Variation affects all the processes in our organizations. As Dr. Deming tells us, the essence of management is prediction; so for leaders and managers to do their job they must ensure a stable and predictable environment. In other words, the job of leaders and managers is to reduce variation.
What about us?
A leader understands that a system can develop and continually improve its results towards the stated goal if people in the system see in what they do for the system an enhancement of their personal life. A leader understands that what people do and what people are must be one. Domenico Lepore
Reducing variation starts with mapping the processes in our organization (see Creating, Operating and Getting Results with the Enterprise as a Sustainable System) so we can understand the interdependencies. We then choose key points in processes to monitor, and we gather the relevant data. With this data we can build Process Behaviour Charts (Control Charts) that allow us to extract meaningful information from our data.
We will be able to detect if our processes are in statistical control, and if they are not we will know where we have to take action. It is a relentless and rigorous process, and it can make the difference between success and failure. When we do not understand our processes, when we do not know if they are predictable or not, we may be producing good results, but if our processes are not stable and predictable, we have no idea of what will happen tomorrow. And we have no idea of what effect our process are having beyond our own business.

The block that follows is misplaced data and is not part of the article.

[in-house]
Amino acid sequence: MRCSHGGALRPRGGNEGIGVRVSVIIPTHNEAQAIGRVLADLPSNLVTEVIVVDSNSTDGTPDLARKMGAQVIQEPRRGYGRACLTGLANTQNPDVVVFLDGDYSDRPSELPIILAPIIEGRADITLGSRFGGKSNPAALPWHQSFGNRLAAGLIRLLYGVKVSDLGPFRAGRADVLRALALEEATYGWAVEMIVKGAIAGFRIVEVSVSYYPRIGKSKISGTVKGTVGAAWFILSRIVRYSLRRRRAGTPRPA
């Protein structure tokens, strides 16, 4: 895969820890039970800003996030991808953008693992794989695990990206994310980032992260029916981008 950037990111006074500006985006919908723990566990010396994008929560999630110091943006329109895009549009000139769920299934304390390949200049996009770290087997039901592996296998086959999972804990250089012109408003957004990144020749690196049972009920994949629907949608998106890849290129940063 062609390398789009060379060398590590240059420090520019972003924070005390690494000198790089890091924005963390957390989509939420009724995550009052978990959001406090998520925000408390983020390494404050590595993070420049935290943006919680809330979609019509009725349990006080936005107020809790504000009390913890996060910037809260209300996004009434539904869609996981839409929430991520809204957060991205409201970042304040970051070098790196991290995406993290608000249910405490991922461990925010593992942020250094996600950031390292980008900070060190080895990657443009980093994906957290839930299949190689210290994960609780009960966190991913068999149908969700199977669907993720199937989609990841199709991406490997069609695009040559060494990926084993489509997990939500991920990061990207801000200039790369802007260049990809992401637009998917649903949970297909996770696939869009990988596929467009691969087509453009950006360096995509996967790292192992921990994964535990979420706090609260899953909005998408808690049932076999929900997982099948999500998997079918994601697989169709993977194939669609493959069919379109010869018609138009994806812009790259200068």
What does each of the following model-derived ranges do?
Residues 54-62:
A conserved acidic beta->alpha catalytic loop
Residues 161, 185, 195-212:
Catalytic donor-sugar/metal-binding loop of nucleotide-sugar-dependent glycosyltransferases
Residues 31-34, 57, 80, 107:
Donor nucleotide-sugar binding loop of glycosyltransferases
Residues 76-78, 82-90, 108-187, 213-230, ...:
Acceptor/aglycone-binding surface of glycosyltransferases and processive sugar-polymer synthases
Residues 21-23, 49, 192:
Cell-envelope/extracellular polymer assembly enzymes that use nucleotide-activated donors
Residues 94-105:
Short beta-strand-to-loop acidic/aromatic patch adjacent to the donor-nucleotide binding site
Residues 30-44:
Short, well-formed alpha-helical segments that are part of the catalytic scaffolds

If only BP and their operations in the Gulf of Mexico had known this, we’d be in a different world today.
P.S. We, like the NFL, also use a Playbook in Intelligent Management. It is a detailed and rigorous mapping of all the interdependencies that make up our organization/system, allowing us to monitor and improve them in a predictable way.
For a more in-depth look at Leadership and the Systemic approach to management see Sechel: Logic, language and tools to manage any Organization as a Network by Domenico Lepore, Intelligent Management Inc., Toronto, 2011.